Votes on school budgets for the upcoming year proposing an average increase in per pupil spending of 4.3 percent were held state-wide yesterday, with balloting taking place in 672 individual school districts.

New York’s public schools spent a collective $25,919 per pupil in 2019-20, more than any other state and 89 percent above the national average of $13,494, according to annual U.S. Census Bureau data released just today.

Local property taxes are the primary revenue source for the state’s public schools. Since 2012, a statutory tax cap generally limits the annual growth of the tax levy imposed by each school district to the lesser of two percent or the rate of inflation. For the 2022-23 school year, the growth limit is two percent, as modified by district-level factors that typically lift the threshold higher. While a voting majority is sufficient for adoption of school budgets at or under the cap, a 60 percent super-majority is required to approve budgets exceeding the cap.

The vast majority of the 687 school budgets voted on around the state yesterday proposed to spend either at or slightly below the cap level—evidence that the budgets are devised with an eye on the cap.

Fifteen districts around the state, however, did seek to raise their school tax levy beyond the local cap limit. While 12 of those 15 votes succeeded, two others failed to secure the 60 percent support required for adoption.

Just half of 628 voting residents supported the Garrison Central School District budget — a blueprint for the Putnam County district’s upcoming school year that would raise the tax levy by 9.2 percent to help finance spending of $57,508 per pupil.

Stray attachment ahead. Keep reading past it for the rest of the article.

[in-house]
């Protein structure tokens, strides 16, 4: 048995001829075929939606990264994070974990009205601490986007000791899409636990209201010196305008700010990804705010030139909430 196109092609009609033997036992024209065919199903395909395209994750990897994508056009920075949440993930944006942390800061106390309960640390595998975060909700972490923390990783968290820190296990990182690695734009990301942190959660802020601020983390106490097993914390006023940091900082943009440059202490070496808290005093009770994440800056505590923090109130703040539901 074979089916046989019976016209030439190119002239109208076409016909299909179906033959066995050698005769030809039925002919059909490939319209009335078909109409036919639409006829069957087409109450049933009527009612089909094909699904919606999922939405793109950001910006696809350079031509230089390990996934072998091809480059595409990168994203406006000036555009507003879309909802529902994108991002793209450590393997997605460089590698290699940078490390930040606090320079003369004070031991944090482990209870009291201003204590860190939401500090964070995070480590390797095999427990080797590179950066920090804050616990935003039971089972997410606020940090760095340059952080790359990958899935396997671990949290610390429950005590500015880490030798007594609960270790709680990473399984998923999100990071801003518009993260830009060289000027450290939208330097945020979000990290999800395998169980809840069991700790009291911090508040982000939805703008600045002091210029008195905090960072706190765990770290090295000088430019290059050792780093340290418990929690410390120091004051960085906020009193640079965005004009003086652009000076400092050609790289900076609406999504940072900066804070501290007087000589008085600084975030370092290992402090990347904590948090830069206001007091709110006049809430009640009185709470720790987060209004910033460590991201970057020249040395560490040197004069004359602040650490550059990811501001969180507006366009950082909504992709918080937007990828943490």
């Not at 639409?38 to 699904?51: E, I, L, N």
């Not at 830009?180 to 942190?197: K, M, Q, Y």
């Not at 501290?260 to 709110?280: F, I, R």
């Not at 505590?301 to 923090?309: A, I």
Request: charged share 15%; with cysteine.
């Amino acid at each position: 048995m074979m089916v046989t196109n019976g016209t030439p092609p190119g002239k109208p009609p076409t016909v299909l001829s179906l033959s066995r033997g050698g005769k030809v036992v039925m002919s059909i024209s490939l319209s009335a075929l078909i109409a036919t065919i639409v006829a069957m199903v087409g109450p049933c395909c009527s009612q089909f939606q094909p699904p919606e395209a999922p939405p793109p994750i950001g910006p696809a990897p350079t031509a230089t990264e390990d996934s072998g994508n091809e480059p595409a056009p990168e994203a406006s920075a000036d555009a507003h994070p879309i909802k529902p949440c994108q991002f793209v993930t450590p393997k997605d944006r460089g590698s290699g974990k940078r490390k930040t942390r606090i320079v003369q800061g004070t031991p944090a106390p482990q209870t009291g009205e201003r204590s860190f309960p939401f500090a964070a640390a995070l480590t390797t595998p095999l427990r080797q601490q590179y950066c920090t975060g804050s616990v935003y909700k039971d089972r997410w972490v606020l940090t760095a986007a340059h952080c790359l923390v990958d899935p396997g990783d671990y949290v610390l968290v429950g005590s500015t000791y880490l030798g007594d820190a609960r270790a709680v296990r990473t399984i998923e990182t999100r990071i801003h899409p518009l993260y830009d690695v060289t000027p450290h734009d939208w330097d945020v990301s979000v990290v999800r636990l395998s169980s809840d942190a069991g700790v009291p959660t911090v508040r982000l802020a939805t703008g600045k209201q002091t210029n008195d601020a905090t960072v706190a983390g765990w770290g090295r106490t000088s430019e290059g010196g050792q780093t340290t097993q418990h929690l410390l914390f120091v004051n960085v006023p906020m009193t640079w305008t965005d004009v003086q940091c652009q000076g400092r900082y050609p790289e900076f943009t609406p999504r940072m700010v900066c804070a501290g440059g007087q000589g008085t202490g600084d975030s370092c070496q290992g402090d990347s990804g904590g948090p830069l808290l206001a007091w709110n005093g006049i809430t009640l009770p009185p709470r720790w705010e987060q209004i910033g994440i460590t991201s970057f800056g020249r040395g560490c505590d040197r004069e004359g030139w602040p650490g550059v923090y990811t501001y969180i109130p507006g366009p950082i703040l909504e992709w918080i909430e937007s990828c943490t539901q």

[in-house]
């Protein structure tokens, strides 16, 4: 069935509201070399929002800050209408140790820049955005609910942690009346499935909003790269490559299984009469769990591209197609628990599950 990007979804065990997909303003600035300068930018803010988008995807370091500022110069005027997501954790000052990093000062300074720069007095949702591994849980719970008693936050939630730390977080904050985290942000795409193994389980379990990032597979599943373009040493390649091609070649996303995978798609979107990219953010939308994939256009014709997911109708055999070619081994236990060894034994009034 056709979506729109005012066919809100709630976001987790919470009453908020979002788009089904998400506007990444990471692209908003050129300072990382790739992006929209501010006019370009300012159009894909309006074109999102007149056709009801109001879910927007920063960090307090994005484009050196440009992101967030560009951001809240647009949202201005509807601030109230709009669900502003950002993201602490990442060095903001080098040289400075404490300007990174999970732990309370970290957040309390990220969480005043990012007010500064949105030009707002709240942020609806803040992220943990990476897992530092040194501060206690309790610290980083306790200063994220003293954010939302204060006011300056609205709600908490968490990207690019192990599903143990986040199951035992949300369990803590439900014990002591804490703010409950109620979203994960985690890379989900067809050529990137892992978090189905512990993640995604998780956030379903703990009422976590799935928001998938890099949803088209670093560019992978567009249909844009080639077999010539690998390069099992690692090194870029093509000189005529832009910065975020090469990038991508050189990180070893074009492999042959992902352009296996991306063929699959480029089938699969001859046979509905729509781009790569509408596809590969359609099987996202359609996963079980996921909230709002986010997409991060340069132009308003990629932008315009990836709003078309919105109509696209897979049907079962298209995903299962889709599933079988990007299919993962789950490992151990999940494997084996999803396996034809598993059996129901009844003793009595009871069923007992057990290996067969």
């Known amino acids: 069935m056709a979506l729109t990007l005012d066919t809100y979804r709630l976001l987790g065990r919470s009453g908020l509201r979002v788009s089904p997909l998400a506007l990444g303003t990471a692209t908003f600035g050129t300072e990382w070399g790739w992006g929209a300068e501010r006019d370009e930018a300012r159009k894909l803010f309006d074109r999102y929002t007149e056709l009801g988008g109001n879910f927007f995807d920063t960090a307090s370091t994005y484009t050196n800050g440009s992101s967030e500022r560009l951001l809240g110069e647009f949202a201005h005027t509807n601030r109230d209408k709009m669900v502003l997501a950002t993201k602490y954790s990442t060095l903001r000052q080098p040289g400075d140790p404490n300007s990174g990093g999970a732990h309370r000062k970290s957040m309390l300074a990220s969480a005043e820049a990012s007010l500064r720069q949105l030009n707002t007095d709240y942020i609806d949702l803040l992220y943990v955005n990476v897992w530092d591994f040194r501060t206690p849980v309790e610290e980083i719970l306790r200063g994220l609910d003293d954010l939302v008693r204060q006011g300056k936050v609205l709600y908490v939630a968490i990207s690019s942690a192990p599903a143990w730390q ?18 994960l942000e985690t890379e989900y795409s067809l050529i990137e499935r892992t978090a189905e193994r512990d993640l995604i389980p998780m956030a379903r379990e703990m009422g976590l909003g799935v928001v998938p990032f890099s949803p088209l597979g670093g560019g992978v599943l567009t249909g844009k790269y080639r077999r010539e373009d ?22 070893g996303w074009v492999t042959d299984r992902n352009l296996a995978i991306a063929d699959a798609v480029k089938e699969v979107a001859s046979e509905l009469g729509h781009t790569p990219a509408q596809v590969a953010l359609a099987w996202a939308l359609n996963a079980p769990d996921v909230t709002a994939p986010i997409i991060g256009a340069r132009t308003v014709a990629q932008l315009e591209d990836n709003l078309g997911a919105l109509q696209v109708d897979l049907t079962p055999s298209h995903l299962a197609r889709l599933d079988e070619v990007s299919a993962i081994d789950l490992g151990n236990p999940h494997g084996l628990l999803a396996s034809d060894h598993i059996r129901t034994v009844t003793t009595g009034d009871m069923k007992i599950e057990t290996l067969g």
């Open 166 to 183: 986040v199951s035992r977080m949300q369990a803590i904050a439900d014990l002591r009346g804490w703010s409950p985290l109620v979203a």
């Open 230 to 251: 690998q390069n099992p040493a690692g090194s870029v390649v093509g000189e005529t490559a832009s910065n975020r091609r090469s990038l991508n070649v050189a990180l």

The proposal of Newfield Central School District in Tompkins County for a 14 percent increase in the district tax levy also failed to gain 60 percent super-majority support. In a 151-134 vote, only 53 percent of voters agreed to the plan to spend $31,568 per pupil.

Barely succeeding by a four-vote margin was the tax cap override vote for the Schenevus Central School District in Otsego County. It was adopted in a 193-122 vote, with 61 percent of voters endorsing the plan to spend $37,833 per pupil next year.

The largest district by far to propose a cap-breaching budget was the Ithaca Central School District, where a super-majority of 70-percent of residents voted by a 2446 to 1069 margin to adopt a $148.9 million budget raising the district property tax levy by 7.21 percent to finance spending of $26,910 per pupil.

New York school districts whose budgets were defeated yesterday can hold a re-vote in June on the same proposal or a modified one. If those votes fail, a district’s tax levy remains at the current level.

About the Author

Peter Warren

Peter Warren is the Director of Research at the Empire Center for Public Policy.

Read more by Peter Warren

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